A veteran of the American Revolution, Lemuel Haynes was the first black man to be ordained as a minister in the United States. He served the West Rutland Congregational Church for 30 years.
Haynes was born on July 18, 1753 in West Hartford, Connecticut, to a white mother and black father. The identity of his mother has long been the subject of debate, either servant Lucy (or Alice) Finch or a member of the prominent Goodwin family.
At the age of five months, Lemuel Haynes was indentured to Deacon David Rose, a blind farmer from Granville, Massachusetts. Part of the indenture required Rose to provide Haynes’s education. Haynes was raised by the Rose family in a strict Calvinist household where he gained an affinity for religious thought.
Haynes’ indenture expired in 1774 and he joined the minutemen of Granville. In 1775, he marched with his militia company to Roxbury, Massachusetts, following the news of the Battles of Lexington and Concord and in 1776, he garrisoned the recently captured Fort Ticonderoga.
During the American Revolution, Haynes began to write extensively, criticizing the slave trade and slavery. He continued these activities after the war, and also began to prepare sermons, family prayers and other theological works. Haynes argued that slavery denied black people their natural rights to “Life, Liberty and the pursuit of happiness”.
After his military service, Haynes studied theology in Connecticut and Massachusetts and received a license to preach in 1780. He served his home church in Middle Granville while also serving as a missionary in the Republic of Vermont. At this time he married a white school teacher named Elizabeth Babbitt.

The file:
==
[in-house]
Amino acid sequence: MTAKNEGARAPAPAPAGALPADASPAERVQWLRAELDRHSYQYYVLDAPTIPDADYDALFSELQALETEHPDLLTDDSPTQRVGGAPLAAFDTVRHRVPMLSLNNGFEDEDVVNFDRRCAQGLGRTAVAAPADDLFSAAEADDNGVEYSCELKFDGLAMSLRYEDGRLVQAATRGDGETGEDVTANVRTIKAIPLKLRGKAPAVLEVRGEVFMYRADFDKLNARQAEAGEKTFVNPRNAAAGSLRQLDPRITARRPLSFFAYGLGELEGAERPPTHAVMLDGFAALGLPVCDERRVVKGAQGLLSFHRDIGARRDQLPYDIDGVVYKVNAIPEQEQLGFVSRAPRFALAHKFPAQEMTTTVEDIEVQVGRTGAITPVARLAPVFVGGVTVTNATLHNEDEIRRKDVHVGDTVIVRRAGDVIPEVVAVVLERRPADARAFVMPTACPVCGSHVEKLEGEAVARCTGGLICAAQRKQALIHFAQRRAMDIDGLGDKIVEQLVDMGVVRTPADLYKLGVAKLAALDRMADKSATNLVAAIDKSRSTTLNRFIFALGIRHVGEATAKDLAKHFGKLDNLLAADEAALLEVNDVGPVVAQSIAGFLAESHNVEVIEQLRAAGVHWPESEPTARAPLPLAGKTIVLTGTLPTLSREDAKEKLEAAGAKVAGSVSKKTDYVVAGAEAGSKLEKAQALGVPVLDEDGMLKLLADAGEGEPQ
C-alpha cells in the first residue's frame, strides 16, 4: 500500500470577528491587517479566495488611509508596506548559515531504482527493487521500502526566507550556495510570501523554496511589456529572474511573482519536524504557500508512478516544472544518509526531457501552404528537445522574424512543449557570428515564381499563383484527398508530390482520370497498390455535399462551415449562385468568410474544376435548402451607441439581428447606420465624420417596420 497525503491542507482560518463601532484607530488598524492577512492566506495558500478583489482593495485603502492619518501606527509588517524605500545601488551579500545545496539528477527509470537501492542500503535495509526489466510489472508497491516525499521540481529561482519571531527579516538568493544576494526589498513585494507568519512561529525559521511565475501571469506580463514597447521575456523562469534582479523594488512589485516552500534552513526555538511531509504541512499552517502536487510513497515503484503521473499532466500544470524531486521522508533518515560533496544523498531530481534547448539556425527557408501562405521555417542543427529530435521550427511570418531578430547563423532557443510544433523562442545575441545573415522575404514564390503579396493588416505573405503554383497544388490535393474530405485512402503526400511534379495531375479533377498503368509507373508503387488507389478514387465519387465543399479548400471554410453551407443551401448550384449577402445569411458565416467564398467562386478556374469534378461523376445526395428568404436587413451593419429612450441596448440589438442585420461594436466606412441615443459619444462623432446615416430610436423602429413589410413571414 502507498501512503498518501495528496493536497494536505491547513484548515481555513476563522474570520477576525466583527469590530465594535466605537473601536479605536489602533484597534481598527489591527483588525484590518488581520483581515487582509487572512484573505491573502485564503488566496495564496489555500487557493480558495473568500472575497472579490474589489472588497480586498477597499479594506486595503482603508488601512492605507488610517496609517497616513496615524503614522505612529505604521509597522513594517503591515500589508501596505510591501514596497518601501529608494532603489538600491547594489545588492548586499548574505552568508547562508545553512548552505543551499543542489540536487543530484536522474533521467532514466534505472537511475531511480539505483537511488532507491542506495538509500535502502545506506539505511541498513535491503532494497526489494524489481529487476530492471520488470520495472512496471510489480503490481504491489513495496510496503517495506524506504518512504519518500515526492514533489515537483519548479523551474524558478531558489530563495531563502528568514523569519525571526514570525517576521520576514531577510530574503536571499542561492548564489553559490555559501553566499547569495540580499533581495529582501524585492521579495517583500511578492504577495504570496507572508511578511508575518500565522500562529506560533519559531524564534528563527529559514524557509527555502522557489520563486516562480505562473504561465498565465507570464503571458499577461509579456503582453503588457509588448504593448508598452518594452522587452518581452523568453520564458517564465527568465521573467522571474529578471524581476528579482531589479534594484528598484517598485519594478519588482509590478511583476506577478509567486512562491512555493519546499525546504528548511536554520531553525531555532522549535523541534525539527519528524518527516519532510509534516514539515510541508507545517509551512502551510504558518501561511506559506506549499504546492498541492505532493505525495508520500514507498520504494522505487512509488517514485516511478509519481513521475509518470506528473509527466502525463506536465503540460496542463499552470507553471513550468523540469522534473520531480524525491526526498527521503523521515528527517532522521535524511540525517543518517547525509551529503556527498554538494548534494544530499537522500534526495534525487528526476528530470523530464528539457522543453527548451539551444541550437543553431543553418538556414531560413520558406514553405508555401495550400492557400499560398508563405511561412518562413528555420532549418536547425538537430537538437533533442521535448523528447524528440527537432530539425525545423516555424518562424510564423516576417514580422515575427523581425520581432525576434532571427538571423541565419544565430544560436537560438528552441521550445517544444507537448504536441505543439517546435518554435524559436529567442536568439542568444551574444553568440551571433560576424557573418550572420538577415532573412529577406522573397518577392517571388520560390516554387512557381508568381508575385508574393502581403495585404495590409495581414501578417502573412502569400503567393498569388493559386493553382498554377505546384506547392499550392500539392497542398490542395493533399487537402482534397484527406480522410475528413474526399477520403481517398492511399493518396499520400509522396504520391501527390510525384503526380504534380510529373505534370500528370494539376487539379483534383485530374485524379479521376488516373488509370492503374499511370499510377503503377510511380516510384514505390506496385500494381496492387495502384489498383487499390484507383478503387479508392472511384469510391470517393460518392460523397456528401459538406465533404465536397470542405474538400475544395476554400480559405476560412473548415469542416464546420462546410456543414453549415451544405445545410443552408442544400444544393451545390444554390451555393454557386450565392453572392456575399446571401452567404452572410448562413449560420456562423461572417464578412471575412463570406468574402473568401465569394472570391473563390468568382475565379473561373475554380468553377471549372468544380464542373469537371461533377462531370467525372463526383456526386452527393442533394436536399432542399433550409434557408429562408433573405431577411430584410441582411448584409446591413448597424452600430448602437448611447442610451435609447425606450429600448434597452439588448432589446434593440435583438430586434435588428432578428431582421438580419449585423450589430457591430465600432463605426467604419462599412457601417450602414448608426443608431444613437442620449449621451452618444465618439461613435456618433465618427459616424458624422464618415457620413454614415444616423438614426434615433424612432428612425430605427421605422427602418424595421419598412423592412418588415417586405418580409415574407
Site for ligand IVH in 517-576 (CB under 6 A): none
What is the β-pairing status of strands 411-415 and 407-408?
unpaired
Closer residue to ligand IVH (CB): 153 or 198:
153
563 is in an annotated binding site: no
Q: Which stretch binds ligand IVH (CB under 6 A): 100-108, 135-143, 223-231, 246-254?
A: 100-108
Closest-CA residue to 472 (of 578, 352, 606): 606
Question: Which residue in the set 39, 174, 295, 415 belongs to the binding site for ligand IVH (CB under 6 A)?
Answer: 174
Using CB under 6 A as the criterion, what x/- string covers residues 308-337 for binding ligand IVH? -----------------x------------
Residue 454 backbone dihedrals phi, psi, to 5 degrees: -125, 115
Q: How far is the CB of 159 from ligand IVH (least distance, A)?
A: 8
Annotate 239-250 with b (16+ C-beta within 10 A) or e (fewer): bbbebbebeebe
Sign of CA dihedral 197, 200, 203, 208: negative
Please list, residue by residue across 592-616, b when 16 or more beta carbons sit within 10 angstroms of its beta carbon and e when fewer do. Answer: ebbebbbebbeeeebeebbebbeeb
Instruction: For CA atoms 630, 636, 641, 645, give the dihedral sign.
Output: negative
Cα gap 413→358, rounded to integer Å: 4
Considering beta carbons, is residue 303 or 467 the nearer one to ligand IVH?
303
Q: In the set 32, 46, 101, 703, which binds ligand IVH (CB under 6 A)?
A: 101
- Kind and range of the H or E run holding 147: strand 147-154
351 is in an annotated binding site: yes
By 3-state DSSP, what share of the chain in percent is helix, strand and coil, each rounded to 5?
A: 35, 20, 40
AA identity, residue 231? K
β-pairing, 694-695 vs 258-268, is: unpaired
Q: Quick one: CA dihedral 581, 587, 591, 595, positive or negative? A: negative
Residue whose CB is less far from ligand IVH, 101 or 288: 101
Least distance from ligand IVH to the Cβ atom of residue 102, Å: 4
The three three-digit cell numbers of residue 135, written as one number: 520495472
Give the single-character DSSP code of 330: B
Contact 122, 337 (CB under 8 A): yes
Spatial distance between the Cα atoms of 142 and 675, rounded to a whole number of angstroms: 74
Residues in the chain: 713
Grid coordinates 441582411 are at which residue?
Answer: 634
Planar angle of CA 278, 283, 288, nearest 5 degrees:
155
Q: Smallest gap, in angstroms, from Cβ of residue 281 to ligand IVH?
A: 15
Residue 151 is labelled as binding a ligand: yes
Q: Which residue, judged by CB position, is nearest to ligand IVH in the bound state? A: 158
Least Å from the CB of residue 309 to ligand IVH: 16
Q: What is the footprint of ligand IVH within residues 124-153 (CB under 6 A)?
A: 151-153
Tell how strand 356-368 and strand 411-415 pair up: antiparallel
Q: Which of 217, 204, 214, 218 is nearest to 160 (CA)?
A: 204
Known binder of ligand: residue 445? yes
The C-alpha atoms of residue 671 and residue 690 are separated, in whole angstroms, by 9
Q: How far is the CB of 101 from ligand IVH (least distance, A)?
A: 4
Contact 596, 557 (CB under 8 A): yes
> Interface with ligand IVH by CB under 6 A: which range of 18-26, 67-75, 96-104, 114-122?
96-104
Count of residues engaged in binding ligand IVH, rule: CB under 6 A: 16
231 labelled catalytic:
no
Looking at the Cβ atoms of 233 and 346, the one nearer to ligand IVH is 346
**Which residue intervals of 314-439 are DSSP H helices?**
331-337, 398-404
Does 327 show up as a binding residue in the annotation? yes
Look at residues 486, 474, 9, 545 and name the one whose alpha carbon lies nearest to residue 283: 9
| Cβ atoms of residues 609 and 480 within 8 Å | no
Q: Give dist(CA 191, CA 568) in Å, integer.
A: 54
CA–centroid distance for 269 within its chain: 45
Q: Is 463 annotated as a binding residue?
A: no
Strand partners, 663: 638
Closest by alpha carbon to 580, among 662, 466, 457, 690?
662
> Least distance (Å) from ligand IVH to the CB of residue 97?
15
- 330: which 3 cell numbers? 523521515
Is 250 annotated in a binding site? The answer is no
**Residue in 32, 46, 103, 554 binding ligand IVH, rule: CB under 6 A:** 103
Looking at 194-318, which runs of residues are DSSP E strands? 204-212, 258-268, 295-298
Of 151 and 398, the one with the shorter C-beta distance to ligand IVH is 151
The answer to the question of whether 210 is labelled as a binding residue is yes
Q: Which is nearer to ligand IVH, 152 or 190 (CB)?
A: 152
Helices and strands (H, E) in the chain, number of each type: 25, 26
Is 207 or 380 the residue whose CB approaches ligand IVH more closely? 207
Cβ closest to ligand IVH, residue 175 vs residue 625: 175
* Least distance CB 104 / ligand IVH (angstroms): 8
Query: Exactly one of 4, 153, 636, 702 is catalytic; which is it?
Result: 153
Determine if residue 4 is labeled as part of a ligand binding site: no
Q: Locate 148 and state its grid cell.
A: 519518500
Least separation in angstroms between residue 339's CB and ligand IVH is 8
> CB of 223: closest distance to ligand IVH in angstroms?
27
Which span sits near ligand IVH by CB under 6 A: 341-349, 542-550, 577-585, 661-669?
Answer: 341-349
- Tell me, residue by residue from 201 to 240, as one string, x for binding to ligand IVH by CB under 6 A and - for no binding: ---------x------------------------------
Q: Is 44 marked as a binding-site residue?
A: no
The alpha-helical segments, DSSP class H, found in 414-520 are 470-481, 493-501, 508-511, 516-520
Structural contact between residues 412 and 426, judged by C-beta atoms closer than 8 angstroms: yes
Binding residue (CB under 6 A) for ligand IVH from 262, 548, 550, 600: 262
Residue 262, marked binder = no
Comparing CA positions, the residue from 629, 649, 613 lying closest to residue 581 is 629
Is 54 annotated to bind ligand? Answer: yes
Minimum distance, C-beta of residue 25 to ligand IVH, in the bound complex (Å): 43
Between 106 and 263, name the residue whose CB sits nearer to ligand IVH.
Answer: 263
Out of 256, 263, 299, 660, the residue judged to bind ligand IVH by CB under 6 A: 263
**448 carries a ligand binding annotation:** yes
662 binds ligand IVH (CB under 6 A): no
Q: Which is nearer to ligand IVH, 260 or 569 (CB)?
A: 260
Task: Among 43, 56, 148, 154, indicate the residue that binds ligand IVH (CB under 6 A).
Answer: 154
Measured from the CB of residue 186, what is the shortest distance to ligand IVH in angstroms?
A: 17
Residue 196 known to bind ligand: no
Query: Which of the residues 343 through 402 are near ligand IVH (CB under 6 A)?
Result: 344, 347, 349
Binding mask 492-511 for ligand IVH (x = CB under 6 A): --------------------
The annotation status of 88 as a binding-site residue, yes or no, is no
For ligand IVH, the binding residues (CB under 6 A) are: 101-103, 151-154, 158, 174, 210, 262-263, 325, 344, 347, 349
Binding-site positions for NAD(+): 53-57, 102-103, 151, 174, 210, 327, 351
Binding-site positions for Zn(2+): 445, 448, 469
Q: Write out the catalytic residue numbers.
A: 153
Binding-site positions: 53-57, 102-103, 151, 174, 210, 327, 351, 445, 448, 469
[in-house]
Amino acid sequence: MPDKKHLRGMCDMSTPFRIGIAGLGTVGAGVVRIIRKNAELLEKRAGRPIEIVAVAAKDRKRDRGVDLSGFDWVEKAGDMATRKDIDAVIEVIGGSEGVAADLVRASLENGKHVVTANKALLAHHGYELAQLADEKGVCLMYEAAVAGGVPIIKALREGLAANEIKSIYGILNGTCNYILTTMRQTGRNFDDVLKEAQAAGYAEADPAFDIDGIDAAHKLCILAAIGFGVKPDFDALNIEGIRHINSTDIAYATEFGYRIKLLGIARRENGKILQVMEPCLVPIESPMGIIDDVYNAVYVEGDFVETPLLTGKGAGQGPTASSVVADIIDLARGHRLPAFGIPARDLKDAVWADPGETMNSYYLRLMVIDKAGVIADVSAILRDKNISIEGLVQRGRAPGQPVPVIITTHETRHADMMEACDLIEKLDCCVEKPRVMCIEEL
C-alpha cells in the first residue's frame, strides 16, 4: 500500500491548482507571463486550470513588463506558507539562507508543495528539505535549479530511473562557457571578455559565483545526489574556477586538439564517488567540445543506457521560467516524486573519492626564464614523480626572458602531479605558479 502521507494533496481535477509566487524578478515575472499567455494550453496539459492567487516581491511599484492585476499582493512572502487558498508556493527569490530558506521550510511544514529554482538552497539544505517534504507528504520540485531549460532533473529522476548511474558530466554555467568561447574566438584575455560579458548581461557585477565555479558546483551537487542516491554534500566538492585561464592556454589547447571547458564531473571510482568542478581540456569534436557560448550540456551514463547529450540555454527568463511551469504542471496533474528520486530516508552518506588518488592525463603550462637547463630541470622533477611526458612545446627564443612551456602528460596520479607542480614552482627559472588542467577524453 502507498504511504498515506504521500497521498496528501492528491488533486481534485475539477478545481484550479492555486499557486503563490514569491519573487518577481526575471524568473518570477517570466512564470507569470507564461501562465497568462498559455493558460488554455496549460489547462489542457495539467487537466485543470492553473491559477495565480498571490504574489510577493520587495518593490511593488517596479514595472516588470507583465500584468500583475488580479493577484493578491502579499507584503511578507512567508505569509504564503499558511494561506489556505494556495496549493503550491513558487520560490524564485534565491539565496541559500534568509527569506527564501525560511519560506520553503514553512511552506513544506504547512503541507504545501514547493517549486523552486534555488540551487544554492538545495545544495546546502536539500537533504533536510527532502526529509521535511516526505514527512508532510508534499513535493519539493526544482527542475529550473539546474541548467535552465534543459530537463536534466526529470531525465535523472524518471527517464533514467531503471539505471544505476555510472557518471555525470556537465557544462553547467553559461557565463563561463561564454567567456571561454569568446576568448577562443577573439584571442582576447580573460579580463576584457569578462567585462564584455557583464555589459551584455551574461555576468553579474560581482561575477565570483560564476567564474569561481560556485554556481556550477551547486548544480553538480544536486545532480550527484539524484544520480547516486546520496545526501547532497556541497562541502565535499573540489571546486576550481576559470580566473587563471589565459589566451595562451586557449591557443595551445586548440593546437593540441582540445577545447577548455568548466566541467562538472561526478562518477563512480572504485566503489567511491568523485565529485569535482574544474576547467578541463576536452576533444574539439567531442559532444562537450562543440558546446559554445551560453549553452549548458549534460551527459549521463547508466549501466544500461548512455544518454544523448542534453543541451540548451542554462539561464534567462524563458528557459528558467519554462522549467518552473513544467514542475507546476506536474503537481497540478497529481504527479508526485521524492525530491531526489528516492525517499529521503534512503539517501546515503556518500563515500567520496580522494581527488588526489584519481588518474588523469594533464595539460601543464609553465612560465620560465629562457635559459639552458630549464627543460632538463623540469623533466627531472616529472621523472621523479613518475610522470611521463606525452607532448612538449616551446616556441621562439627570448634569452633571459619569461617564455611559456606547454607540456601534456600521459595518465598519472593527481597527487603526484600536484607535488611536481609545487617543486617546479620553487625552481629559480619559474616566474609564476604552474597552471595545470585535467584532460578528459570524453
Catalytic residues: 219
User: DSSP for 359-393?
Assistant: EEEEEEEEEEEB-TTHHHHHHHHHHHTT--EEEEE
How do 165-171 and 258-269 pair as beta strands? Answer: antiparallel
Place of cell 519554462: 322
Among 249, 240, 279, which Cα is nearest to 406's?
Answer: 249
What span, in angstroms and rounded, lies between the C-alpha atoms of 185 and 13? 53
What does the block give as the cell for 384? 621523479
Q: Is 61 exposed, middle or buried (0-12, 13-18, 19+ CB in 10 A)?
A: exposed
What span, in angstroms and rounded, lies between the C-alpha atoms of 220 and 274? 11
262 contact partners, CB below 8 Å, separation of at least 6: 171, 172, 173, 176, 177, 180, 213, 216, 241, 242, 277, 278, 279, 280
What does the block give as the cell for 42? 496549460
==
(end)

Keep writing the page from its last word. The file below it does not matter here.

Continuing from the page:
In 1785 Haynes became the first black man ordained in the United States. From 1785 to 1788 he served as the pastor of the Hemlock Congregational Church in Torrington, Connecticut. From Torrington he moved to West Rutland, Vermont where he served as pastor of the West Parish Church (now the West Rutland United Church of Christ) for 30 years. While in West Rutland, Haynes received an honorary Masters degree from Middlebury College at its second commencement in 1804. This was only the fourth degree given by the school and the first to an African American.
Haynes continued to write and speak about slavery. Unlike many of his north abolitionist contemporaries who preferred expatriation of black Americans to Africa, he strongly advocated for abolition and the full integration of races in the United States. In addition to his abolitionist views, he was a staunch Federalist which led, in part, to his dismissal from the West Rutland Church in 1818. He served the Manchester, Vermont, Congregational Church for three years before settling at the South Granville, New York church from 1822 to his death in 1833.
Categories: Vermont Black History Month